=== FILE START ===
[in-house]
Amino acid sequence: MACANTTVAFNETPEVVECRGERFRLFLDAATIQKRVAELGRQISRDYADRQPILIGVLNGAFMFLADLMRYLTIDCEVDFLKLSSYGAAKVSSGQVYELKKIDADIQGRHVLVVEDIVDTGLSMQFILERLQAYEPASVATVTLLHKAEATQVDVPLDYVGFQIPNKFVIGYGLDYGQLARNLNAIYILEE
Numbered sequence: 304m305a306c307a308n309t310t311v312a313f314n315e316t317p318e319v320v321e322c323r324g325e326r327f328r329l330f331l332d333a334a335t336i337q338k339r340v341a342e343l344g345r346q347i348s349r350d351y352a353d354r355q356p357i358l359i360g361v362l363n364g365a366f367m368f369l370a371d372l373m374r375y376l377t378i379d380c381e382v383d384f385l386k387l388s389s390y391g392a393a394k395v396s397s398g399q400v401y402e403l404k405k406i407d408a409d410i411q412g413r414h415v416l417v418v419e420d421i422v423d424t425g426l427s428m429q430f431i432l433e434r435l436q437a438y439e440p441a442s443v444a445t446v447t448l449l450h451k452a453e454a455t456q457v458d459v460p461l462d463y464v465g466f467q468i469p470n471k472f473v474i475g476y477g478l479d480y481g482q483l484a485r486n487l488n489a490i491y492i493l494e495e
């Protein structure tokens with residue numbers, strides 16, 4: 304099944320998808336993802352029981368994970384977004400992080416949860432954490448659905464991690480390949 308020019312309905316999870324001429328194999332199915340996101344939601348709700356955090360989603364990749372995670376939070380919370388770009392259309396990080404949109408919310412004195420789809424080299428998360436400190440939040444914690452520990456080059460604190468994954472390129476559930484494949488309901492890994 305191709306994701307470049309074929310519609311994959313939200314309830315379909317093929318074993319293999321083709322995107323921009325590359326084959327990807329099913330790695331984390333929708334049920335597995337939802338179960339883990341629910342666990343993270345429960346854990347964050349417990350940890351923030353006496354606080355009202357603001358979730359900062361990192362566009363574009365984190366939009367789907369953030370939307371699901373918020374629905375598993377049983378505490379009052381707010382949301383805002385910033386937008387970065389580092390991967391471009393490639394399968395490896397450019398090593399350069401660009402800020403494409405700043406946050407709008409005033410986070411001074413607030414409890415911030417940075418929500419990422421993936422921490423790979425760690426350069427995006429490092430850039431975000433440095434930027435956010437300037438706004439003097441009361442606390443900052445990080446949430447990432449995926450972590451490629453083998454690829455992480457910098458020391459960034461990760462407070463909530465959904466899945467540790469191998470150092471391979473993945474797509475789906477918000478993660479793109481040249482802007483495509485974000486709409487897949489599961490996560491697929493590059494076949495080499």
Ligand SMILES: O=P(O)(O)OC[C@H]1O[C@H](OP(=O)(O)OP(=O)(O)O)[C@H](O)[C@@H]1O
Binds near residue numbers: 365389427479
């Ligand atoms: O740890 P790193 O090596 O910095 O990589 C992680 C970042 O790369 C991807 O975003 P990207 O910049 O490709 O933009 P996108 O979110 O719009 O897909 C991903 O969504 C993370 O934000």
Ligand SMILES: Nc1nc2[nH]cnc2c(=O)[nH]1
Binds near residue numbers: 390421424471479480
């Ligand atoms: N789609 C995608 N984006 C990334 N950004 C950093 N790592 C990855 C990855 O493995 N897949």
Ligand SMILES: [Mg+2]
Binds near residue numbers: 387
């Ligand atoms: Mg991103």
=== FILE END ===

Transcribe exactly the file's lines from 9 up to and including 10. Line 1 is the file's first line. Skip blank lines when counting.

Binds near residue numbers: 390421424471479480
């Ligand atoms: N789609 C995608 N984006 C990334 N950004 C950093 N790592 C990855 C990855 O493995 N897949």